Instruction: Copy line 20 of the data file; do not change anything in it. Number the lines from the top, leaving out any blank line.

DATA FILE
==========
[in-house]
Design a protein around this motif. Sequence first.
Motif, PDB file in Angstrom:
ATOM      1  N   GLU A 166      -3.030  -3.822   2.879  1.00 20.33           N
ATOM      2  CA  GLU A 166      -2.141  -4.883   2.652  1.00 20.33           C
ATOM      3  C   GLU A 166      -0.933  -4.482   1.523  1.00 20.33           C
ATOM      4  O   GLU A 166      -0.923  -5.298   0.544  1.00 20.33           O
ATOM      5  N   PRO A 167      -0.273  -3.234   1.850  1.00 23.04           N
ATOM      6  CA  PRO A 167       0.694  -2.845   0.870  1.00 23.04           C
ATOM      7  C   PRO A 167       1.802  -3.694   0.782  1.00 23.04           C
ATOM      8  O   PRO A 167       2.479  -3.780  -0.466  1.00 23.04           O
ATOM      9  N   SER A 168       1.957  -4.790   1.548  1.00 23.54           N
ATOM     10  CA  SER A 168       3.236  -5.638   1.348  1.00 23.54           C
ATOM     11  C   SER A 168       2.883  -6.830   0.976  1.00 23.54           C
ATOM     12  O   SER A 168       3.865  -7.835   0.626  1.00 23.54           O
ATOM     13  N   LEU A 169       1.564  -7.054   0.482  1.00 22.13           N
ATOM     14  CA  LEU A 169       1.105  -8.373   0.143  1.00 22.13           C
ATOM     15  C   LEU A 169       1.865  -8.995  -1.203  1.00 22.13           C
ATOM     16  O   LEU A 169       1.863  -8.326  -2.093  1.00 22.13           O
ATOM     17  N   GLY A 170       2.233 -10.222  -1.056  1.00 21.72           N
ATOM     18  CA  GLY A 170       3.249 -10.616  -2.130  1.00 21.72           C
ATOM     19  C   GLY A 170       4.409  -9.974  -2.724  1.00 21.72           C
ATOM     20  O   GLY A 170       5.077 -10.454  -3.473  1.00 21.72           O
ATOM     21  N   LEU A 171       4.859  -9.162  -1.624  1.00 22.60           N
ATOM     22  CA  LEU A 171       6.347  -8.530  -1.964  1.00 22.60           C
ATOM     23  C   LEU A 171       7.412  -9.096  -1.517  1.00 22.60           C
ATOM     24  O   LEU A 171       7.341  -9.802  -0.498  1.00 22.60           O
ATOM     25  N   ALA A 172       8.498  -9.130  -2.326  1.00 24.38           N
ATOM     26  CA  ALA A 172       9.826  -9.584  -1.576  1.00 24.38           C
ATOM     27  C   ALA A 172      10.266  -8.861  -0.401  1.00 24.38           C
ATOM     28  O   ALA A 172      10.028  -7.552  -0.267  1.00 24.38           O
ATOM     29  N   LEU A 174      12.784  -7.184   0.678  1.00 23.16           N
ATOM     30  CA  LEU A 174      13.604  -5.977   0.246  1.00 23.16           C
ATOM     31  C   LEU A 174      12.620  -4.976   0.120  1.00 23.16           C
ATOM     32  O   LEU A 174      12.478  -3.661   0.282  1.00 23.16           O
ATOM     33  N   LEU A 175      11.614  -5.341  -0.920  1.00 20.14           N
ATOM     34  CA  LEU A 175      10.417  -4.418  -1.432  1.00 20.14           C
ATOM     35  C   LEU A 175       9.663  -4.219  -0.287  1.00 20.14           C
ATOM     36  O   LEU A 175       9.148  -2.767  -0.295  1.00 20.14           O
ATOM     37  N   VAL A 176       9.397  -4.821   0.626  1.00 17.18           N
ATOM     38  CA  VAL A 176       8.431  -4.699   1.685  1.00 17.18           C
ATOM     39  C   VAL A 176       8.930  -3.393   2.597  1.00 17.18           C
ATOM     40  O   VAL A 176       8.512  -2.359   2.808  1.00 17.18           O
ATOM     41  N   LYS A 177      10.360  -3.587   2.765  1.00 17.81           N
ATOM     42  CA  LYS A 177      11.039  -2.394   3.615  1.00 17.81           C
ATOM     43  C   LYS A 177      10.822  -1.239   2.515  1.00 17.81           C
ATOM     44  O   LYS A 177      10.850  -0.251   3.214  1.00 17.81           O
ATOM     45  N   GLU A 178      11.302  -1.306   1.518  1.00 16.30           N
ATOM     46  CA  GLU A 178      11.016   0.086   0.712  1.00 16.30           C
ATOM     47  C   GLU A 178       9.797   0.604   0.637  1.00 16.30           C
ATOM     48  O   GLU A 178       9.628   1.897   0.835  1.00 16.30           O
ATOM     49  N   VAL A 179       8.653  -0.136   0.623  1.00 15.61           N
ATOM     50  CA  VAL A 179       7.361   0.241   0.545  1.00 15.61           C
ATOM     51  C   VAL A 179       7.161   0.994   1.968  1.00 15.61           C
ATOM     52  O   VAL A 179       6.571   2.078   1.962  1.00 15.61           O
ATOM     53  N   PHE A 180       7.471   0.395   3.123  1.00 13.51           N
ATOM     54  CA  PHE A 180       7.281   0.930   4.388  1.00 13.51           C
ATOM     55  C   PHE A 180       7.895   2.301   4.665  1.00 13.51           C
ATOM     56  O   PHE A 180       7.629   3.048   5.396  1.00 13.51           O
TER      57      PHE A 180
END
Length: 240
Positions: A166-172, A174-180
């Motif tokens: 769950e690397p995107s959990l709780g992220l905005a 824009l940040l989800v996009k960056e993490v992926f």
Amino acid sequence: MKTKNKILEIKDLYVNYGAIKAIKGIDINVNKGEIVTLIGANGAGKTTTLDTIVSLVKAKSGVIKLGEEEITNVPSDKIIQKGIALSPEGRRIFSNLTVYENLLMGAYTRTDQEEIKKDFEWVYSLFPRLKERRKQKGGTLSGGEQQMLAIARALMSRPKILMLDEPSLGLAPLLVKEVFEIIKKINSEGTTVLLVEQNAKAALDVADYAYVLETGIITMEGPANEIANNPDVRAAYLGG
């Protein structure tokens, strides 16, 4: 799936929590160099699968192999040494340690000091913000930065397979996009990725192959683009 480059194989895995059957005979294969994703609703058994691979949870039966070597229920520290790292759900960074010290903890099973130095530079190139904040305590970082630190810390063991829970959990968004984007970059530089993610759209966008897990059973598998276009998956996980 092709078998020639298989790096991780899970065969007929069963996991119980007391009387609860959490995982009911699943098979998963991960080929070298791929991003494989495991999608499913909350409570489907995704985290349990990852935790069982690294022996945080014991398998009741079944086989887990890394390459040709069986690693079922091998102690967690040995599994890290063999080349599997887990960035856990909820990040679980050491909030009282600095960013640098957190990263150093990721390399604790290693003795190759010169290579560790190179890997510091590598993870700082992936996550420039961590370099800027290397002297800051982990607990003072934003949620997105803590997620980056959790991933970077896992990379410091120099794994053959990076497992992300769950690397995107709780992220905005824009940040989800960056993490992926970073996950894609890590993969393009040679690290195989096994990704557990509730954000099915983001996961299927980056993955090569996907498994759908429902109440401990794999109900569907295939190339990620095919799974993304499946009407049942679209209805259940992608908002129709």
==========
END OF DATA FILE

ATOM     17  N   GLY A 170       2.233 -10.222  -1.056  1.00 21.72           N